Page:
The Ottawa Sun
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By Tony Spears ,Ottawa Sun Joseph LeClair, former priest of Blessed Sacrement church in the Glebe, is photographed leaving the Ottawa courthouse on Monday Jan. 20, 2014. LeClair pleaded guilty after he exploited lax bookkeeping to pilfer $130,000 in church funds to fund his gambling debts, according to an agreed statement of facts read out in court. Darren Brown/Ottawa Sun/QMI Agency
Father Joseph LeClair’s selflessness was his downfall.
Perpetually beset by needy parishioners, he sought relief in Scotch and gambling, his defence lawyer argued Tuesday.
Nonsense, Crown counsel countered.
Father Joe took advantage of his saint-like reputation to perpetrate a five-year, $130,000 fraud on his church, prosecutor Peter Napier said.
Two very different descriptions of Blessed Sacrament church’s popular former priest emerged as his sentencing hearing continued.
Napier believes LeClair — who pleaded guilty Monday to fraud and theft charges — deserves 18 months jail for exploiting the church’s lax accounting practices and its trusting congregation between 2006 and 2011.
But Matthew Webber argued LeClair, 56, should be given an 18- to 24-month conditional sentence — essentially house arrest.
“His remorse is complete and across the board,” said Webber, characterizing LeClair’s very public downfall as “ruin and humiliation.”
“It’s profound remorse. It’s hard to overstate it.”
More importantly, said Webber, LeClair was vulnerable to the seduction of gambling in part because of underlying anxiety and depression problems, for which he took medication.
As his efforts at Blessed Sacrament caused the church population to soar, the “workaholic” priest who could never say no to anyone became a victim of his own success.
He took to knocking back six to eight Scotches a night and frequenting the Lac Leamy casino, Webber said, noting a psychiatrist diagnosed LeClair as a pathological gambler.
“The urge to gamble is irresistible to the pathological gambler,” Webber said, though he acknowledged the priest was “utterly and completely responsible for what he did.”
Society would be better served if LeClair, now living in Edmonton, performed community service as part of his conditional sentence, he said.
Napier, however, said the case cries out for the clink.
“It is a large-scale fraud perpetrated over a significant period of time,” he said.
The priest should have known to seek help.
“Father LeClair was well-schooled in the catalogue of human frailties,” Napier said.
And not all of his thieving had to do with gambling.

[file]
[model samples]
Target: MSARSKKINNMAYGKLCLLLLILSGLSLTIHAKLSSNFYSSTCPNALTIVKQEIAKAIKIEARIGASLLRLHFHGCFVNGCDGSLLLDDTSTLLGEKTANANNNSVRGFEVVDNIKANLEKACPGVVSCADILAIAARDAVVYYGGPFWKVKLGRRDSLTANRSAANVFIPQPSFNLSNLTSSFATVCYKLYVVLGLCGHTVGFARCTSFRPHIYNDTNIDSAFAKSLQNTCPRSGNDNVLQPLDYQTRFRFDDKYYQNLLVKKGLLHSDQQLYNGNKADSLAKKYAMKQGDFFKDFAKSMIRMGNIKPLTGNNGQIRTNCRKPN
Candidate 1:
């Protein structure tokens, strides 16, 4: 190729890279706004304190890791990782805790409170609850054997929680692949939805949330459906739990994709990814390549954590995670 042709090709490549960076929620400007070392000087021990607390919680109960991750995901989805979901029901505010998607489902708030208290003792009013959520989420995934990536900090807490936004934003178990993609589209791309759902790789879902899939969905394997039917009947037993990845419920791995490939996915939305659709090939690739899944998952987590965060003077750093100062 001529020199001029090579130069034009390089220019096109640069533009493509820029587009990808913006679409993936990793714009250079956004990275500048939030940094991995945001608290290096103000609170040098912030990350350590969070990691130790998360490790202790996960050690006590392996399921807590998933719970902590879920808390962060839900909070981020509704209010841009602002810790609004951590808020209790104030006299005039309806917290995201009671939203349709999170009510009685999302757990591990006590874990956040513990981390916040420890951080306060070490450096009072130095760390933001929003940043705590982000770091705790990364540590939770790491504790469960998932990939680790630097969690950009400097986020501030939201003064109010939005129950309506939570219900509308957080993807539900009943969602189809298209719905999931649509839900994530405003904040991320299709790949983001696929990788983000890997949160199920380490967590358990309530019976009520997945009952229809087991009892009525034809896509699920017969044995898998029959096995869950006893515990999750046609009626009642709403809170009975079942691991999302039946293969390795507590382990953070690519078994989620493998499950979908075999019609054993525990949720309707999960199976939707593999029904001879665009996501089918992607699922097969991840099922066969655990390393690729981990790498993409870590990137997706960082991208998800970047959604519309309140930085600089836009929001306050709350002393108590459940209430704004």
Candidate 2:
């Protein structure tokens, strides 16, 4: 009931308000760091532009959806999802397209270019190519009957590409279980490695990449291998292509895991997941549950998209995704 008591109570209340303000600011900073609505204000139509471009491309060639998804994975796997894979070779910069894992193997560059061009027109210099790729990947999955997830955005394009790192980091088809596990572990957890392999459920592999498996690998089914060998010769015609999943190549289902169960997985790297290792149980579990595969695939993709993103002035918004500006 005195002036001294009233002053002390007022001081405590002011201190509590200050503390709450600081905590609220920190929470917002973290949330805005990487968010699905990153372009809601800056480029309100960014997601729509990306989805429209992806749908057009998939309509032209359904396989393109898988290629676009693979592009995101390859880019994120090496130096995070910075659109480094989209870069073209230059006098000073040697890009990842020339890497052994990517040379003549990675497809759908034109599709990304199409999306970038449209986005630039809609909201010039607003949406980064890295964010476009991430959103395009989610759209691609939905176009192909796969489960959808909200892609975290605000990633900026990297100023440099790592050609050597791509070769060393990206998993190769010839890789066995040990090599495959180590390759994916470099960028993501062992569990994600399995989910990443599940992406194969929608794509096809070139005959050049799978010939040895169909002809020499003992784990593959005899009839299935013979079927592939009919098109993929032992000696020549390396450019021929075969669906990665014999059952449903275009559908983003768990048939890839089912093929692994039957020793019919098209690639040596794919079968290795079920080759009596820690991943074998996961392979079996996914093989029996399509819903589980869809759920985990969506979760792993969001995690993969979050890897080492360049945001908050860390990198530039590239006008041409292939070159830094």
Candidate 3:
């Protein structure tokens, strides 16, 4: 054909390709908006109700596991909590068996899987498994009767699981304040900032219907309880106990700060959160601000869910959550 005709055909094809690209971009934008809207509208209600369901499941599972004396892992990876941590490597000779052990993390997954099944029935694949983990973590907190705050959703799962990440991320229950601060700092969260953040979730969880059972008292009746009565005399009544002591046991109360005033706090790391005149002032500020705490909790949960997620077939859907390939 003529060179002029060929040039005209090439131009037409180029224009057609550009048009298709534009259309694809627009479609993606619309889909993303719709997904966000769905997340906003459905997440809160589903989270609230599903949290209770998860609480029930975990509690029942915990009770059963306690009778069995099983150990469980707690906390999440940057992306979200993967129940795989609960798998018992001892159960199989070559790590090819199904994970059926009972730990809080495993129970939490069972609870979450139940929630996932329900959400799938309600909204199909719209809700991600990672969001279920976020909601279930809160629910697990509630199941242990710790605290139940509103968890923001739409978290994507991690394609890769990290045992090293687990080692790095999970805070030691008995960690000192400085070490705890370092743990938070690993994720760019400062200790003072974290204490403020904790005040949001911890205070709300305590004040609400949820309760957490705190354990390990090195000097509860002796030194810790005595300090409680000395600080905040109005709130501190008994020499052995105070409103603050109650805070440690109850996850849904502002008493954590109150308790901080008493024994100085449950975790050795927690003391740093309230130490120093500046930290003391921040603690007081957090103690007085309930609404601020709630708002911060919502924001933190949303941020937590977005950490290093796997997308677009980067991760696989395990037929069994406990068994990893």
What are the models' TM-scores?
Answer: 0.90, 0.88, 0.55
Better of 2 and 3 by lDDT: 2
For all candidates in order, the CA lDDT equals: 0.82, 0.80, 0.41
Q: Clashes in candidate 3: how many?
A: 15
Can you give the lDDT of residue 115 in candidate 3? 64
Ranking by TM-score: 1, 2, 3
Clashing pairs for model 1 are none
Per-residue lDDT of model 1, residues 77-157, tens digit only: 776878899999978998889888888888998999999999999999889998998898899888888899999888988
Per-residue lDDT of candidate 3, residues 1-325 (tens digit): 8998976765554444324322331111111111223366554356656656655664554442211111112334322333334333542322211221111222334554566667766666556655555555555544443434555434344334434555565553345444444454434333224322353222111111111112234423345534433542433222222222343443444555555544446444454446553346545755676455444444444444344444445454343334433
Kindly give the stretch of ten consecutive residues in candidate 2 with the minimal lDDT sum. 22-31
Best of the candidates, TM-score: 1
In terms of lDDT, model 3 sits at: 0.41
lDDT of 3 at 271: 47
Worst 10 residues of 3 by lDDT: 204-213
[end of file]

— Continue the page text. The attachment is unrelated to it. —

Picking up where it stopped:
LeClair, for instance, cut himself a $5,700 cheque to cover the cost of a vacation.
He also directed that fees for the church’s marriage preparation courses be paid in cash. Over the five-year fraud only $13,000 of what should have been $157,000 in revenue made it into church bank accounts; LeClair later admitted some of the money went to gambling debts.
LeClair is expected to address the court after sentencing arguments conclude Wednesday.
Father Joe pleads guilty to stealing $130Gs from church
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Father Joe never turned away a sinner seeking help, especially when the sinner was himself.
And Joseph LeClair helped himself to an awful lot — to the tune of $130,000, stolen from church coffers.
The problem gambler and beloved former priest at the Glebe’s Blessed Sacrament church pleaded guilty to fraud and theft charges Monday.
Out of $400,000 in unexplained cash deposits to his personal bank accounts, LeClair, 56, admitted to defrauding the church and its parishioners of $130,000 between 2006 and 2011.
Nothing was sacred, not even the collection plate.
Over five years he deposited nearly $17,000 in cash — the product of his parishioner’s generosity — into his own accounts. In a 2012 police interview, he admitted to using the cash to repay gambling debts.
He also wrote himself almost $62,000 in cheques from church accounts, often using the funds to pay down his credit card.
“These payments were frequently made on his credit card following a number of cash advances or withdrawals at Casino du Lac-Leamy,” said Crown prosecutor Peter Napier, reading from an agreed statement of facts.
Though the court heard a psychiatrist diagnosed LeClair as a “pathological gambler,” Napier noted he also vacationed with parishioners and reimbursed them in January 2011 with a church cheque for $5,700.
The memo said “Fr. Joe X-mas.”
Despite the range of his pilfering, the priest had no shortage of supporters in court with him.
“He really gave until he had nothing left to give,” parishioner Joyce Fournier told the court. “It really was just how he was made.
Fournier was one of three parishioners to testify for LeClair at the sentencing hearing.
She told defence lawyer Kim Hyslop that he had held her life together through emotionally-wrenching times.
“He would offer support and hope,” she said. “He doesn’t like to refuse anyone who is in need.”
Even now he continues to provide counselling and support to her and her children.
“They are who they are today because of his involvement and his investment of time and love,” she said.
LeClair made the same investment in the church, transforming a dwindling congregation into a thriving religious community of thousands.
At its peak, the church also had hundreds of volunteers to run programs like marriage counselling. More often than not, however, the $100 cash fee would end up in his cassock.
He lavished meals and alcohol on volunteers to thank them, though it was not clear from testimony whether he or the church paid.
“We’d all go for a nice dinner and some laughter and some drinks,” Fournier said. “He was constantly doing volunteer appreciation.”
Lawyers begin sentencing submissions Tuesday morning.